Making Change in €uroland
All about the euro
By Rick Steves
If efficiency were an "ism," it would be the "ism" of our age. Streamlining is going on everywhere. To be competitive globally, corporations are consolidating, free trade zones are being established, and in 2002, 12 European currencies such as the mark, franc, and schilling — for generations symbols of their respective countries — made way for a single currency, the euro (€).
Now, nineteen nations from Ireland to Greece have officially adopted the euro. The advent of the euro was the biggest monetary switch in history, as a continent of vending machines, ATMs, menus, and even wallet sizes were adjusted to fit the new currency.
The euro is already old news in Euroland...and good news for travelers. Changing money — which wastes time and is expensive — is no longer necessary in these places. And price differences from country to country are now obvious (in 2001, only a mathematician knew if gas was cheaper in Germany or France — but today, prices are easy to compare). This stimulates competition.
But there are downsides to the pan-European currency. When the transition took place in 2002, many greedy businesses took advantage of the situation to raise their prices — hoping that nobody would notice in the shuffle of exchange rates. Many of these inflated prices never came down. And the united euro has proven to be a strong competitor against the dollar. Seven years ago, a dramatic rise in the Deustchmark might not have affected the Spanish peseta. But today the currency rises together, so a spike in France's economy leads to an increase in Greek prices.
Here are answers to some frequently asked questions about the euro:
Which countries use the euro?
Seventeen European Union countries — and about 300 million people in all — officially use the euro: Austria, Belgium, Cyprus, Finland, France, Germany, Greece, Ireland, Italy, Luxembourg, Malta, the Netherlands, Portugal, Slovakia, Slovenia, Esotnia and Spain. In addition, the euro is the official currency of non-EU members Montenegro and Kosovo, and is legal tender in several of Europe's tiny countries, like Vatican City and Monaco. These countries are known collectively as Euroland.
There are still several European countries not using the euro. These non-euro countries include:
- European Union members who have voted not to adopt the currency (Denmark, Sweden, and the United Kingdom)
- Eastern European countries that have joined the EU — including the Czech Republic, Poland, Hungary, and the Baltic States — are working hard to satisfy requirements that will allow them to adopt the euro in the future
- Countries that do not belong to the European Union (such as Norway, Switzerland, and Croatia).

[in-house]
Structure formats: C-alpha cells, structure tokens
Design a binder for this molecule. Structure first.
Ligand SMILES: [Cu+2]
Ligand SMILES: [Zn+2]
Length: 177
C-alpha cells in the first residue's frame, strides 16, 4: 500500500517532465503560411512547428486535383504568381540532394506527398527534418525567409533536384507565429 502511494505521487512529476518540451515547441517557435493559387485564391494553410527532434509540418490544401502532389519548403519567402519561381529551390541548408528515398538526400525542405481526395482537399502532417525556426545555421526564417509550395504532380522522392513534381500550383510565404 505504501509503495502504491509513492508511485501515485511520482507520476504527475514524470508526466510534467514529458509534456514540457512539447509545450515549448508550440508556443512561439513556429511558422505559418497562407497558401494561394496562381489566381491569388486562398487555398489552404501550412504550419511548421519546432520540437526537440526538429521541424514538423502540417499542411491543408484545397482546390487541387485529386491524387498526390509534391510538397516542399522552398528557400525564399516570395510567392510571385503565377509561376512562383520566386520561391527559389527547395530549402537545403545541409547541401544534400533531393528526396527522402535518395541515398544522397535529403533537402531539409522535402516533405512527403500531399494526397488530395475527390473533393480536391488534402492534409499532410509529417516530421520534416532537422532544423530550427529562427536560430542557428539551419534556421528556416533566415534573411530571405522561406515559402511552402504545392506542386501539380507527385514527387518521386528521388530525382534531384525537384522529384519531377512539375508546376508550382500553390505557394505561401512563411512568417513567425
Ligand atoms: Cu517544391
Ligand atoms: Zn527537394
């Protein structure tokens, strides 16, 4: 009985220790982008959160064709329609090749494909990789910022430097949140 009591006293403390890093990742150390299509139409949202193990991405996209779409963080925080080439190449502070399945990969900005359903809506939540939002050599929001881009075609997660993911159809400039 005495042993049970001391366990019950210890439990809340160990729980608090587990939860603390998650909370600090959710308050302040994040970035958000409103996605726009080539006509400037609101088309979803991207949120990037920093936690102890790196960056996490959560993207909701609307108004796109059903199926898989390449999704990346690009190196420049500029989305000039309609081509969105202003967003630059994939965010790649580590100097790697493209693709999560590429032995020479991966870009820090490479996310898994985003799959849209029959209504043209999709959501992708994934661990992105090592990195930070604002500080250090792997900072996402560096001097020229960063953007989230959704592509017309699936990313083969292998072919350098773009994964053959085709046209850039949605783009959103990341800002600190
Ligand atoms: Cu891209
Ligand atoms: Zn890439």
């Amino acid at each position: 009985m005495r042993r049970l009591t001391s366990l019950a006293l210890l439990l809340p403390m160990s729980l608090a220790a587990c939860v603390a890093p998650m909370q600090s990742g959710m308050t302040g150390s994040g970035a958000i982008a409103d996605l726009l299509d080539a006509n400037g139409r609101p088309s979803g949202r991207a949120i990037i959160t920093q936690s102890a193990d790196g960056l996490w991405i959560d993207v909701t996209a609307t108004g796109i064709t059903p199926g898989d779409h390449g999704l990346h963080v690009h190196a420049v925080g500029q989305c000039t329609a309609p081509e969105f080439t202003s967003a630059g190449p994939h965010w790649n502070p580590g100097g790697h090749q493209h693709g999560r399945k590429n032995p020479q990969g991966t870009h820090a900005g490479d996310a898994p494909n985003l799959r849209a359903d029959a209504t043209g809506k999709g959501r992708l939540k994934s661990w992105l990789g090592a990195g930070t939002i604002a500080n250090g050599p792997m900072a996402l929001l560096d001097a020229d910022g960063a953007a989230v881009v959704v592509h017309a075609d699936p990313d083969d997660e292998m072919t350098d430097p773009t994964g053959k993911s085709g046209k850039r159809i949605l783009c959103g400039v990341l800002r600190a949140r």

Even if the euro isn't the official currency, it is still widely used in most of these places. Swiss ATMs give euros, prices are listed in both Swiss francs and euros, and travelers can get by in that country with euro cash. (But if you pay in euros, you'll get a rotten exchange rate. Ideally, if you're in the country for more than a few hours, stow your euros and get some local cash instead.)
What do the coins and bills look like?
The paper currency is nationality-neutral, with drawings of nonexistent windows, gateways, and bridges — metaphors of communication within Europe, and between Europe and the rest of the world. But the coins all have a side that reflects their country of origin. So, while the coins are accepted everywhere, you'll spend more coins featuring the Colosseum in Italy, Queen Beatrix in the Netherlands, Brandenburg Gate in Germany, and a traditional harp in Ireland.
What are the denominations?
You'll find euro bills in denominations of €5, €10, €20, €50, €100, €200, and €500. A euro is broken down into 100 cents, and there are coins of 1 cent, 2 cents, 5 cents, 10 cents, 20 cents, 50 cents, €1, and €2. Note that it's called simply the euro — you won't win any friends by calling it the "eurodollar."
What is the exchange rate?
The euro was designed to be more or less equivalent with the US dollar. At its inception, the euro was traded at a lower rate than the dollar — making it a great deal for American travelers. But in recent years, the dollar dropped sharply against the euro, effectively raising prices for American visitors to Europe. Most experts agree that in the long term, the new currency will settle into a more predictable pattern against the dollar — following the same ups and downs that any currency goes through. For the current exchange rate, visit www.oanda.com.
Does the euro threaten the identity of each country?
Italy is just as enticing without its itsy-bitsy lira, and the draw of Greece never had anything to do with drachmas. The euro is just another step in the development of Western civilization. In ancient times, the ideal size of a Greek city-state was about the distance you could walk in a day. In the 19th century, Germany went from 35 independent countries to one. In the last generation, borders have withered away as most of Europe has become a giant free trade zone. With the euro, the evolution continues as 330 million Europeans can now use each other's gumball machines.
What's fun about the euro?
Coin collectors have the joy of filling in coin books as eight denominations of euro coins from 16 different countries (and counting) make for a whole new frontier in coin collecting. Europhiles can buy these books in Europe and chart their travels by gradually completing the collection, filling those 104 holes with wonderful travel experiences.
Updated for 2011. For lots more tips, check out our best-selling Europe Through the Back Door travel skills guidebook.